CCR9 expression induced by TBT alone was inhibited by the RAR antagonist LE540 (Fig. 7A). However, the combination of TBT and the RAR agonist Am80 markedly and synergistically induced CCR9 expression (Fig. 7B–E), whereas the combination of TBT and RXR agonist PA024 failed to exert a synergistic effect (Fig. 7B), suggesting that TBT-mediated signals synergize with RAR-mediated signals, but not RXR-mediated signals, for efficient CCR9 expression. Thus, without the addition of Am80 or all-trans-RA, TBT might synergize with weak RAR-stimulating molecules, including retinol in the culture medium, rather than with its own weak RAR-stimulating signals. Accordingly, in the presence of high concentrations of all-trans-retinol, TBT markedly enhanced CCR9 expression as did PA024 (Supplemental Fig. 2). Nonetheless, the results indicate that TBT can synergize with the RAR ligands and agonists to enhance CCR9 expression.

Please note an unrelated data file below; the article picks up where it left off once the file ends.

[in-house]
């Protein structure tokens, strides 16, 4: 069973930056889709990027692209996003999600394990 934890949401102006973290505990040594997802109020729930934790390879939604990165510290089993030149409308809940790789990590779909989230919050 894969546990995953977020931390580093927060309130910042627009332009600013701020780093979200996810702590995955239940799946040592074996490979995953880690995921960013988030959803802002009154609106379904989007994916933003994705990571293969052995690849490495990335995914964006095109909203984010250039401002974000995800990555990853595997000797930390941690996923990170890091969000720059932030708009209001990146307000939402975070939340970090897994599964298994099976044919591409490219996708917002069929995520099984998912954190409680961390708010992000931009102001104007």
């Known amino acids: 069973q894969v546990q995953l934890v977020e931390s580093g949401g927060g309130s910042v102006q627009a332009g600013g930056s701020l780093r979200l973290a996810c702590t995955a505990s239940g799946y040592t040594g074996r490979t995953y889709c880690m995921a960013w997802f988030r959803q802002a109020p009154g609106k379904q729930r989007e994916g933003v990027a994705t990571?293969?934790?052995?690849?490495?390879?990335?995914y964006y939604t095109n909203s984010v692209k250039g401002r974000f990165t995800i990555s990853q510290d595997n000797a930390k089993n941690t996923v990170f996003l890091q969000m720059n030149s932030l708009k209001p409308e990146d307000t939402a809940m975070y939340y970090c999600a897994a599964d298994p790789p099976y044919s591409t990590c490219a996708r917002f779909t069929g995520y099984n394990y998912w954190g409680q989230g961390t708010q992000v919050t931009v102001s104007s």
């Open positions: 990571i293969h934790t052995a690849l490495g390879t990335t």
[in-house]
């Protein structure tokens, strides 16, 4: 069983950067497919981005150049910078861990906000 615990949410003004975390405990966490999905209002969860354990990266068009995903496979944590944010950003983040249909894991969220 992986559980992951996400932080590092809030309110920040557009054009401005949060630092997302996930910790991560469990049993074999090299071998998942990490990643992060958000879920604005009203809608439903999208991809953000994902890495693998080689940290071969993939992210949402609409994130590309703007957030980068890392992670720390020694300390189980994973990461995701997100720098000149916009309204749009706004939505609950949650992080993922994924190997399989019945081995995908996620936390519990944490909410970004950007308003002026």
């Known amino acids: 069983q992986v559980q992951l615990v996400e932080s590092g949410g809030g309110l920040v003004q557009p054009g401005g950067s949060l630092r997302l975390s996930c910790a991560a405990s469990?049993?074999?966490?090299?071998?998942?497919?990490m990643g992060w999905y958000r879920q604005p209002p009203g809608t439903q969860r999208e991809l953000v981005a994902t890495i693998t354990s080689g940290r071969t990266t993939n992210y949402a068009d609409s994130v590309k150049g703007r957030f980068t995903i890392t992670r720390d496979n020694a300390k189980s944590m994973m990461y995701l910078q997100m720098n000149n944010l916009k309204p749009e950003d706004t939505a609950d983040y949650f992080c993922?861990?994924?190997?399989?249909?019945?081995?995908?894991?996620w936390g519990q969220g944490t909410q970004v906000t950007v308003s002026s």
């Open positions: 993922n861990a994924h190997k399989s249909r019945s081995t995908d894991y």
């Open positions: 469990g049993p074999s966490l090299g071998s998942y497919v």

Some nuclear receptors, such as PPARs and LXR, can form permissive heterodimers with RXR, whereas RXR/RAR is nonpermissive or conditionally permissive (41). Permissive heterodimers can be activated with an RXR agonist alone, whereas a full response of the RXR/RAR heterodimer to RXR agonist occurs only in the presence of an RAR agonist. However, up to 10 μM of the PPARγ agonist rosiglitazone, the PPARα agonist WY-14643, or the LXR agonist T0901317 alone did not induce CCR9 expression on T cells, and none of them enhanced Am80-dependent induction of CCR9+ cells in the presence or absence of the RXR agonist HX600 (Supplemental Fig. 4A). Furthermore, up to 1 μM of the PPARγ antagonist T0070907 did not significantly affect CCR9 expression induced by Am80, TBT, or PA024 (Supplemental Fig. 4B). Therefore, PPARγ, PPARα, and LXR do not seem to be involved in the RXR activator-dependent enhancement of CCR9 expression on T cells.
All-trans-RA and TBT synergistically suppress IFN-γ production, but it does not contribute significantly to enhanced CCR9 expression